All new spark ignited automobiles should now be built with the proper tanks and fuel system so that methanol, ethanol, n-butanol and gasoline can be used with a provision also to use natural gas in the intake air as a part of the fuel. Many automobile engines now have only four cylinders and it would make many of them more efficient if they were electrically operated and this could get more energy out of the high octane methanol and ethanol and natural gas but also allow more efficient running on any fuel. One company was reported on this site as having a method of starting an engine without a starter motor by controlled fuel injectors and spark and this is even easier with electric valves. ..HG..

"not enough land area to produce a substantial part"

You keep repeating the same phrase, but the U.S. has 500 million acres of grazing land the is not used. 100 million acres planted in miscanthus produces 4000 gallons of synthetic fuel per acre. (Cool Planet Fuels)

That totals 400 billion gallons of fuel, we use about 100 billion gallons of gasoline, 50 billion gallons of diesel and 50 billion gallons of jet fuel per year in the U.S. (estimate numbers) So this alone shows that we can to this with the land that is suppose to be insufficient.

We could easily feed a 100% fleet of Volts with US made ethanol, and sell our oil production to the rest of the world. We can do it..

We can make 10% ethanol to blend with some percentage of synthetic gasoline, say 10% blended with refined gasoline and increase the percentage of synthetic gasoline over time. We can make synthetic fuels with ICGG coal plants converted from the ones we already have. Lots of moves we can make.

Ethanol is not a waste of corn compared to growing beef. Most corn (and soybeans) in the US are fodder for cattle, not food for humans. Growing beef wastes 90% of the food value of corn according to my freshman Biology 101 class at the U of Minnesota in the 1970's.

When ethanol is made from corn, what is left over is an excellent feedstock for cattle, since the carbohydrates which make cattle sick are removed, but all the vitamins, minerals and roughage remain. Farmers make more money on the "distillers grains" fed to cattle than they do on the ethanol distillation, which can be a break-even operation.

Same goes for soybeans. The oil must be removed before feeding soy to cattle or it makes the cattle sick, and we had something on the order of 500,000 gallons per year of surplus soy oil before the biodiesel industry took off.

Bio fuels are a reasonable compliment to the petroleum fuel supply, to the contrary of a massive anti-biofuel propaganda effort that does not like the downward pressure on petroleum prices from alternatives.

But I drive an EV, you all can fight over the liquid fuels. Have fun. Hey howabout those prices? Wow.

Oh, and enjoy driving you gas powered SUV to the store to buy some beef, will ya?

The point of corn ethanol maany miss... simply because they are stupid is it converts natural gas and diesel both things we have alot of into a replacement for gasoline... something we wanted more of.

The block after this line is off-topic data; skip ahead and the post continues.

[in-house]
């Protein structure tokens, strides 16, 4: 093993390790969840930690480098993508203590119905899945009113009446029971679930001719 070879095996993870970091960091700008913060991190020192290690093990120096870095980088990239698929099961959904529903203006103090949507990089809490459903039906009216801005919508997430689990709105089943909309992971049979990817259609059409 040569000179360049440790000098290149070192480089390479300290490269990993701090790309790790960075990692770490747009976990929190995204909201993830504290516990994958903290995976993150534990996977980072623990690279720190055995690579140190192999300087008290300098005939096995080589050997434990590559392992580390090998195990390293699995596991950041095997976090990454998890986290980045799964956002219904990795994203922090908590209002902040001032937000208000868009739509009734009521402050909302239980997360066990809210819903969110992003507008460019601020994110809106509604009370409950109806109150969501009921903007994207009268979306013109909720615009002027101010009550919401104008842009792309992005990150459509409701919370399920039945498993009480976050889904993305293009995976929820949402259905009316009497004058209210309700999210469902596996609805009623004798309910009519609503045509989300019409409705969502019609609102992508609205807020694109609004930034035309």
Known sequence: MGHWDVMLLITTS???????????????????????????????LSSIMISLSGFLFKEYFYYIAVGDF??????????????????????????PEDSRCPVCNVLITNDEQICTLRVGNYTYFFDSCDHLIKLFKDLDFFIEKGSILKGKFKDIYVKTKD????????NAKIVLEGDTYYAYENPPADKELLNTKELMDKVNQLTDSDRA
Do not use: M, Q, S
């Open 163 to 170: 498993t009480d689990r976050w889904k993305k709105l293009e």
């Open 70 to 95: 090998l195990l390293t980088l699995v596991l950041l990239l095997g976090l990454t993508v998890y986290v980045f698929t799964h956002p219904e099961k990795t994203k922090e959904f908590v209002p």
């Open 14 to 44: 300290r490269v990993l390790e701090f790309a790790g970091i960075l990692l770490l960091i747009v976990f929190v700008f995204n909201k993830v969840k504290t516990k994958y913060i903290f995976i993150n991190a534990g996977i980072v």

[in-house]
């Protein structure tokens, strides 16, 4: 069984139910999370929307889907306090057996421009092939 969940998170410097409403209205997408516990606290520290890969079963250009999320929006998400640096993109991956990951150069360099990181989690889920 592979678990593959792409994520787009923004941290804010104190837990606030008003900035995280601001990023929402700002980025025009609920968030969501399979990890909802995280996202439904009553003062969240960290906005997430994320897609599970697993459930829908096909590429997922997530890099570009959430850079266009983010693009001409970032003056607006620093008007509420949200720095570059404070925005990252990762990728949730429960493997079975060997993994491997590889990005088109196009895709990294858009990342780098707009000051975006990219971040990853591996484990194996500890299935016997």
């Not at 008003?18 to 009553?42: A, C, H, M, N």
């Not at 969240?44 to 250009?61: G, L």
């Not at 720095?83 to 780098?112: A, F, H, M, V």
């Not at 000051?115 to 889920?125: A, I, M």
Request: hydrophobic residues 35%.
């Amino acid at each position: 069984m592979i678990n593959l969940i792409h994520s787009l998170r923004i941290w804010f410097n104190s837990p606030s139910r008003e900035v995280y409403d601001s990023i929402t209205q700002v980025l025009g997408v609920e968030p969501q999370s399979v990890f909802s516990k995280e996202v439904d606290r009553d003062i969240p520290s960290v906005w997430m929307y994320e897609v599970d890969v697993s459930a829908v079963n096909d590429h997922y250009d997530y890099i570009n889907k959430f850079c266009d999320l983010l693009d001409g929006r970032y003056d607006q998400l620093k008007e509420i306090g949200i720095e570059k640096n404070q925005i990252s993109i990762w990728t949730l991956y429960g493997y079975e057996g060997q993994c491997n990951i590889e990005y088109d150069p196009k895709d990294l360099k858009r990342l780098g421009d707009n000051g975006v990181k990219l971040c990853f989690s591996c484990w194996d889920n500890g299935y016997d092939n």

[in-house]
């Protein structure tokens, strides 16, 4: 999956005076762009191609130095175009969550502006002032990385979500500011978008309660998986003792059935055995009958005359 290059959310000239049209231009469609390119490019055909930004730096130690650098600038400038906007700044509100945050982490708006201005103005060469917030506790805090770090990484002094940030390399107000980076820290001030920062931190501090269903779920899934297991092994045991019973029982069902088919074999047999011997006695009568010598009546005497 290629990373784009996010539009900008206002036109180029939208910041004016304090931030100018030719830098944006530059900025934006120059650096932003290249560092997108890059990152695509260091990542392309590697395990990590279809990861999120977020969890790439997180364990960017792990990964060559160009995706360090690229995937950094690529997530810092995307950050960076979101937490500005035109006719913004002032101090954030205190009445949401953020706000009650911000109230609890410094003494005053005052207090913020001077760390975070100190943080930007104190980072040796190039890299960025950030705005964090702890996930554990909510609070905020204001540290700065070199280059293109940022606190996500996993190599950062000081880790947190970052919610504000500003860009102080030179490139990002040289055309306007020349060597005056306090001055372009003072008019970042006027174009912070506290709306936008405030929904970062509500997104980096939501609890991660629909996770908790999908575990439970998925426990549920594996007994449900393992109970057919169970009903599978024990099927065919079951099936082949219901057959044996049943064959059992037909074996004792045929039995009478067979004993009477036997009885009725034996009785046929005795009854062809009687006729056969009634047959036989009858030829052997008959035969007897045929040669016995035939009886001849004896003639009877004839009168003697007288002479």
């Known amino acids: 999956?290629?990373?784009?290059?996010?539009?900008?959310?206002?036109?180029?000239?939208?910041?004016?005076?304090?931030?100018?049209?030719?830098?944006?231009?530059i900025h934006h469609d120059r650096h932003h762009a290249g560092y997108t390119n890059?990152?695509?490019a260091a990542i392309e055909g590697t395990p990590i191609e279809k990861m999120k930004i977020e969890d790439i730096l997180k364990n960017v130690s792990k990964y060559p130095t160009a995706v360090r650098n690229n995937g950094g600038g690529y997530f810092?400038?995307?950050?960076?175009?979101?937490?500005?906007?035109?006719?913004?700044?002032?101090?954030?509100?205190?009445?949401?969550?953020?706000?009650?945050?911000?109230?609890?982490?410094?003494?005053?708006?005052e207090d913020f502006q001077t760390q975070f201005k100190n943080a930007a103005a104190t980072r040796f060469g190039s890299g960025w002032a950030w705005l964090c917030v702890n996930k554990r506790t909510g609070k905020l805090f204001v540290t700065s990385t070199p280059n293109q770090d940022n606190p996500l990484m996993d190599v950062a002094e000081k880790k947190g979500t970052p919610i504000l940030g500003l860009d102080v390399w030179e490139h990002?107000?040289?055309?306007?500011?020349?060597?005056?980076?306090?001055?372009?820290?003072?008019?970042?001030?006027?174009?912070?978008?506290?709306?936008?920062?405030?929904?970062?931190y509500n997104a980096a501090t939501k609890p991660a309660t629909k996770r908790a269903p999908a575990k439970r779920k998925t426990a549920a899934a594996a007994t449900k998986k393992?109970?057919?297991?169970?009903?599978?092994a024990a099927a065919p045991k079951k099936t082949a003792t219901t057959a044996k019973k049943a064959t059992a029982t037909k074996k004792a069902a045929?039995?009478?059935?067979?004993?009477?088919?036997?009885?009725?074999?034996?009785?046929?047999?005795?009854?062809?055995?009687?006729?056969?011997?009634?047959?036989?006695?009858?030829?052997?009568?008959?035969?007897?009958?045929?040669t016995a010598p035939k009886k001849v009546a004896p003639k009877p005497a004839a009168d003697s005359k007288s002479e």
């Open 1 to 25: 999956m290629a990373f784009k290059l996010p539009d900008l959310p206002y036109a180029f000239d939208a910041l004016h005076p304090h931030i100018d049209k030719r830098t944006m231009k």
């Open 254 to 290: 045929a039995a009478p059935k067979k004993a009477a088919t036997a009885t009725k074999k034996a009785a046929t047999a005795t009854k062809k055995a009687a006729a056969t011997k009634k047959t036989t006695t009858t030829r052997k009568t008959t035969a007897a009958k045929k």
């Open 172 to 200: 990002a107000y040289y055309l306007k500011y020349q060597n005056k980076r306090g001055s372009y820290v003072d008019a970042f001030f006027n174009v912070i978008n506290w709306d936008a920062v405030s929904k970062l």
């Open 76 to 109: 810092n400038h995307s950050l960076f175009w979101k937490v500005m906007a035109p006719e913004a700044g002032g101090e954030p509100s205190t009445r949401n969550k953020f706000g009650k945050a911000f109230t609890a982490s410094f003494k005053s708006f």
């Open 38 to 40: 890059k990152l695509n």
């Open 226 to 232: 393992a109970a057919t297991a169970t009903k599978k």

We would like to use natural gas directly in trucks and buses, but that is not always possible, it requires a conversion of the vehicle.

It seems obvious that you want to use liquid fuels in the vehicles, as they were designed, rather than change all of them. Synthetic fuels can be blended with refined fuels and used in all the vehicles now on the road with NO modification.

That should be such an obvious advantage that there would be no argument, however there is continuous argument from people that want to argue about anything and everything in a futile attempt to derive some supposed "truth".

Actually, I argue for using NG in vehicles AND against conversions. We don't need to convert all the vehicles now on the road, or any of them for that matter, because they all have a limited lifespan and will need to be replaced in time. Simply require NEW vehicles to be made with NG in mind and normal wear & tear will have the "fleet" converted (through replacement) long before we run out of liquid fuels.

There have been dual fuel trucks for decades and the cost advantage has been there all along, but VERY few are sold to replace the older trucks.

We can say what SHOULD be that does not happen or we can take steps that are more likely to happen and succeed. I am all for success in achieving the objective of less imported oil.

Gentlemen, how many of you graduated the kindergarten, but the high-school or more, if yes probably you heard that there is "no free lunch", and to move an object between two points (or more) one have to pay that energy, and if you will look to Hydro-Carbons, you will find gasoline among the best - compact and with low pollution...replacing it will generate usually more CO2 for the same power...methane and methanol may have some advantages at CO2 reduction, but have lots other disadvantages - those and more were presented in a book I found on kindle -Challenges of the future individual transportation, I can not say that I understand it all, pretty complicated, may be nor for kindle readers, but I got an idea...I'm still impressed of that.

Joann,

You may learn that insulting people does not get relations off to a good start, just a bit of manners advice.

I find it amusing that SJC has essentially adopted my position that perennial grasses should be used as buffers around annual crops to capture eroded soil and nutrients.

SJC remains hopelessly optimistic on the prospects for biofuels (how much rainfall those 500 million acres of rangeland receive is beyond his innumerate consciousness), but eventually reality will intrude.

It is not "your" position, this was written up in papers long ago. Again, ego will be your down fall.